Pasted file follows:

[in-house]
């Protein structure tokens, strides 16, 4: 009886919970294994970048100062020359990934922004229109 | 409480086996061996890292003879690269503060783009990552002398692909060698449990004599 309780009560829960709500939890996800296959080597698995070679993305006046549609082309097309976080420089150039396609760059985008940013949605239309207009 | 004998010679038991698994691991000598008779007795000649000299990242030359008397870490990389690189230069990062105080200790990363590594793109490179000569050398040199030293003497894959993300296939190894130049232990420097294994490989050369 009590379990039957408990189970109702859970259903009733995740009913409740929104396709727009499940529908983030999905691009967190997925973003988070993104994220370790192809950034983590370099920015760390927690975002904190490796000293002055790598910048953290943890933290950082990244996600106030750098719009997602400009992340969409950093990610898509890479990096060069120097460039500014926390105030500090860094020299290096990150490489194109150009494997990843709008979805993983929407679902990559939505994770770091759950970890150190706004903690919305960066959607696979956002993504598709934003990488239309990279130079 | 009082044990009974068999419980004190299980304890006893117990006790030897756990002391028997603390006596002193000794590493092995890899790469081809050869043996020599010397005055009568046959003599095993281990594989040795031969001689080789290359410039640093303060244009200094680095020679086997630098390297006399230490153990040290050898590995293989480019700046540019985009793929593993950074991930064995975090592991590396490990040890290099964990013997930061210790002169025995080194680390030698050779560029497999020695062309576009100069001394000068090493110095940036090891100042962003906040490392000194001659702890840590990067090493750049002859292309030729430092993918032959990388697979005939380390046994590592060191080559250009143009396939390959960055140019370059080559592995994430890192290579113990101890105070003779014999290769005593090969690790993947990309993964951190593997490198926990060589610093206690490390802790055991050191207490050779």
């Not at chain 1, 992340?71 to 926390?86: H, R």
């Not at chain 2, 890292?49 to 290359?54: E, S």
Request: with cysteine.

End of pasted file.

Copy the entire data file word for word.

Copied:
[in-house]
């Protein structure tokens, strides 16, 4: 009886919970294994970048100062020359990934922004229109 | 409480086996061996890292003879690269503060783009990552002398692909060698449990004599 309780009560829960709500939890996800296959080597698995070679993305006046549609082309097309976080420089150039396609760059985008940013949605239309207009 | 004998010679038991698994691991000598008779007795000649000299990242030359008397870490990389690189230069990062105080200790990363590594793109490179000569050398040199030293003497894959993300296939190894130049232990420097294994490989050369 009590379990039957408990189970109702859970259903009733995740009913409740929104396709727009499940529908983030999905691009967190997925973003988070993104994220370790192809950034983590370099920015760390927690975002904190490796000293002055790598910048953290943890933290950082990244996600106030750098719009997602400009992340969409950093990610898509890479990096060069120097460039500014926390105030500090860094020299290096990150490489194109150009494997990843709008979805993983929407679902990559939505994770770091759950970890150190706004903690919305960066959607696979956002993504598709934003990488239309990279130079 | 009082044990009974068999419980004190299980304890006893117990006790030897756990002391028997603390006596002193000794590493092995890899790469081809050869043996020599010397005055009568046959003599095993281990594989040795031969001689080789290359410039640093303060244009200094680095020679086997630098390297006399230490153990040290050898590995293989480019700046540019985009793929593993950074991930064995975090592991590396490990040890290099964990013997930061210790002169025995080194680390030698050779560029497999020695062309576009100069001394000068090493110095940036090891100042962003906040490392000194001659702890840590990067090493750049002859292309030729430092993918032959990388697979005939380390046994590592060191080559250009143009396939390959960055140019370059080559592995994430890192290579113990101890105070003779014999290769005593090969690790993947990309993964951190593997490198926990060589610093206690490390802790055991050191207490050779």
């Not at chain 1, 992340?71 to 926390?86: H, R």
């Not at chain 2, 890292?49 to 290359?54: E, S």
Request: with cysteine.